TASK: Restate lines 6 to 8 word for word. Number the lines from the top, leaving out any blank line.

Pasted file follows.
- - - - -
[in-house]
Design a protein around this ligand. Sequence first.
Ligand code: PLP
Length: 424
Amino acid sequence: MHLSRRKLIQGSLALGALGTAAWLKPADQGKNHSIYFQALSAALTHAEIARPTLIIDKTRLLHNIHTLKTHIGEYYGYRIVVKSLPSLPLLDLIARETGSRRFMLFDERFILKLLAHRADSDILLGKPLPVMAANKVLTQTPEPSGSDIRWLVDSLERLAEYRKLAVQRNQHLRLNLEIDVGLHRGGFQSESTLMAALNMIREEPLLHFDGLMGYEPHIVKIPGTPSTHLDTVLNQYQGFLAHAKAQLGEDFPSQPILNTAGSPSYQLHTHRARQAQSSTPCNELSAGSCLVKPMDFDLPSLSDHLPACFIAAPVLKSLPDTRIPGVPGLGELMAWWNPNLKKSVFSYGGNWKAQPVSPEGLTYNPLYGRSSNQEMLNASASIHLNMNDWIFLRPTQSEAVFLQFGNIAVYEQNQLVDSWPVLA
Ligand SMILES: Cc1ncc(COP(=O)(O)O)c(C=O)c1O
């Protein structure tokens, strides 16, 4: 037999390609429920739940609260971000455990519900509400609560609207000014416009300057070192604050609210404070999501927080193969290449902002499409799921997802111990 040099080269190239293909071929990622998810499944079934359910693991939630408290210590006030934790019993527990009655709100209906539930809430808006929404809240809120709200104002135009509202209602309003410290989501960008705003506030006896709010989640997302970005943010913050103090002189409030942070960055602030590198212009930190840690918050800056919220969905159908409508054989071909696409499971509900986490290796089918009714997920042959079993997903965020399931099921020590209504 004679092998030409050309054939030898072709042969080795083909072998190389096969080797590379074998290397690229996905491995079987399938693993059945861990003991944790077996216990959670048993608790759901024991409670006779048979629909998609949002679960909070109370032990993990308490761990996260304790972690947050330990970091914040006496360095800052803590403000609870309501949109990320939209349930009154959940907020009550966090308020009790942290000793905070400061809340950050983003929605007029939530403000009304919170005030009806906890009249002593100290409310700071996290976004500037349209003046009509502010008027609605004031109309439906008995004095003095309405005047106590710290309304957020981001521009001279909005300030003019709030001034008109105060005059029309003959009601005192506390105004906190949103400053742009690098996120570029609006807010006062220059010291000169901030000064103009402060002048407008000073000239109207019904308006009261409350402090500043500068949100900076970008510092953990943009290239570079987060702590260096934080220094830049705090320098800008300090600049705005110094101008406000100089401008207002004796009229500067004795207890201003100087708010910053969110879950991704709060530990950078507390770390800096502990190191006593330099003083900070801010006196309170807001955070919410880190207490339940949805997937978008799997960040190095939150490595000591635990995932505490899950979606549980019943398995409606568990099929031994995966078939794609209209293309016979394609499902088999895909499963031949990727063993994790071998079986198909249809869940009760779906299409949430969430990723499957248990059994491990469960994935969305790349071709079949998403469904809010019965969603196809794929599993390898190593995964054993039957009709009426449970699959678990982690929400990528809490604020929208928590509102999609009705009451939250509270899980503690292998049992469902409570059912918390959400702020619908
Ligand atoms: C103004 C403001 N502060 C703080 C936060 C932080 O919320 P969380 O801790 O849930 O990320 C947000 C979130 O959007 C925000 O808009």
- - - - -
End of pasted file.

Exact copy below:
Ligand SMILES: Cc1ncc(COP(=O)(O)O)c(C=O)c1O
């Protein structure tokens, strides 16, 4: 037999390609429920739940609260971000455990519900509400609560609207000014416009300057070192604050609210404070999501927080193969290449902002499409799921997802111990 040099080269190239293909071929990622998810499944079934359910693991939630408290210590006030934790019993527990009655709100209906539930809430808006929404809240809120709200104002135009509202209602309003410290989501960008705003506030006896709010989640997302970005943010913050103090002189409030942070960055602030590198212009930190840690918050800056919220969905159908409508054989071909696409499971509900986490290796089918009714997920042959079993997903965020399931099921020590209504 004679092998030409050309054939030898072709042969080795083909072998190389096969080797590379074998290397690229996905491995079987399938693993059945861990003991944790077996216990959670048993608790759901024991409670006779048979629909998609949002679960909070109370032990993990308490761990996260304790972690947050330990970091914040006496360095800052803590403000609870309501949109990320939209349930009154959940907020009550966090308020009790942290000793905070400061809340950050983003929605007029939530403000009304919170005030009806906890009249002593100290409310700071996290976004500037349209003046009509502010008027609605004031109309439906008995004095003095309405005047106590710290309304957020981001521009001279909005300030003019709030001034008109105060005059029309003959009601005192506390105004906190949103400053742009690098996120570029609006807010006062220059010291000169901030000064103009402060002048407008000073000239109207019904308006009261409350402090500043500068949100900076970008510092953990943009290239570079987060702590260096934080220094830049705090320098800008300090600049705005110094101008406000100089401008207002004796009229500067004795207890201003100087708010910053969110879950991704709060530990950078507390770390800096502990190191006593330099003083900070801010006196309170807001955070919410880190207490339940949805997937978008799997960040190095939150490595000591635990995932505490899950979606549980019943398995409606568990099929031994995966078939794609209209293309016979394609499902088999895909499963031949990727063993994790071998079986198909249809869940009760779906299409949430969430990723499957248990059994491990469960994935969305790349071709079949998403469904809010019965969603196809794929599993390898190593995964054993039957009709009426449970699959678990982690929400990528809490604020929208928590509102999609009705009451939250509270899980503690292998049992469902409570059912918390959400702020619908
Ligand atoms: C103004 C403001 N502060 C703080 C936060 C932080 O919320 P969380 O801790 O849930 O990320 C947000 C979130 O959007 C925000 O808009």